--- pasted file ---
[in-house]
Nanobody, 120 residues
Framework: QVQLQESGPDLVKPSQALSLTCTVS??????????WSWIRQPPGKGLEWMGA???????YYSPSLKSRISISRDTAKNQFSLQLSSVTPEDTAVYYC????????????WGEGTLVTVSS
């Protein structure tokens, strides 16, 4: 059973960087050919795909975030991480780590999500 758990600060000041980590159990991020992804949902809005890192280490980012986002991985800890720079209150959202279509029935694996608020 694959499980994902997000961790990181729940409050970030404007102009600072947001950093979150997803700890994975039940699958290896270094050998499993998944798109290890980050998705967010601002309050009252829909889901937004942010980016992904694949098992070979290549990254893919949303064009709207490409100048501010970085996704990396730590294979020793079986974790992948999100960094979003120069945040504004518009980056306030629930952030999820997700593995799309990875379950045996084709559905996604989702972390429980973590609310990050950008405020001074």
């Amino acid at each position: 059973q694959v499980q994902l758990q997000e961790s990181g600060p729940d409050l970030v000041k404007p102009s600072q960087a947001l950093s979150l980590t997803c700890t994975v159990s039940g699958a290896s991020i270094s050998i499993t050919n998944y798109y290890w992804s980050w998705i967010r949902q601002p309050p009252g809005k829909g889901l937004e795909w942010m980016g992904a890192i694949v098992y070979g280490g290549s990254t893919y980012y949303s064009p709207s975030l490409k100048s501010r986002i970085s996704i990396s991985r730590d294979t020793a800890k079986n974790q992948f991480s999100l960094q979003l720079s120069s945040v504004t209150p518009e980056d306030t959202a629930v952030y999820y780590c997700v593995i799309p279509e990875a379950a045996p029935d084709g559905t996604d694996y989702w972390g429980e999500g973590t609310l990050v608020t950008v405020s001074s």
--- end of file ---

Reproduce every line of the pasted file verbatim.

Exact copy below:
[in-house]
Nanobody, 120 residues
Framework: QVQLQESGPDLVKPSQALSLTCTVS??????????WSWIRQPPGKGLEWMGA???????YYSPSLKSRISISRDTAKNQFSLQLSSVTPEDTAVYYC????????????WGEGTLVTVSS
């Protein structure tokens, strides 16, 4: 059973960087050919795909975030991480780590999500 758990600060000041980590159990991020992804949902809005890192280490980012986002991985800890720079209150959202279509029935694996608020 694959499980994902997000961790990181729940409050970030404007102009600072947001950093979150997803700890994975039940699958290896270094050998499993998944798109290890980050998705967010601002309050009252829909889901937004942010980016992904694949098992070979290549990254893919949303064009709207490409100048501010970085996704990396730590294979020793079986974790992948999100960094979003120069945040504004518009980056306030629930952030999820997700593995799309990875379950045996084709559905996604989702972390429980973590609310990050950008405020001074």
């Amino acid at each position: 059973q694959v499980q994902l758990q997000e961790s990181g600060p729940d409050l970030v000041k404007p102009s600072q960087a947001l950093s979150l980590t997803c700890t994975v159990s039940g699958a290896s991020i270094s050998i499993t050919n998944y798109y290890w992804s980050w998705i967010r949902q601002p309050p009252g809005k829909g889901l937004e795909w942010m980016g992904a890192i694949v098992y070979g280490g290549s990254t893919y980012y949303s064009p709207s975030l490409k100048s501010r986002i970085s996704i990396s991985r730590d294979t020793a800890k079986n974790q992948f991480s999100l960094q979003l720079s120069s945040v504004t209150p518009e980056d306030t959202a629930v952030y999820y780590c997700v593995i799309p279509e990875a379950a045996p029935d084709g559905t996604d694996y989702w972390g429980e999500g973590t609310l990050v608020t950008v405020s001074s």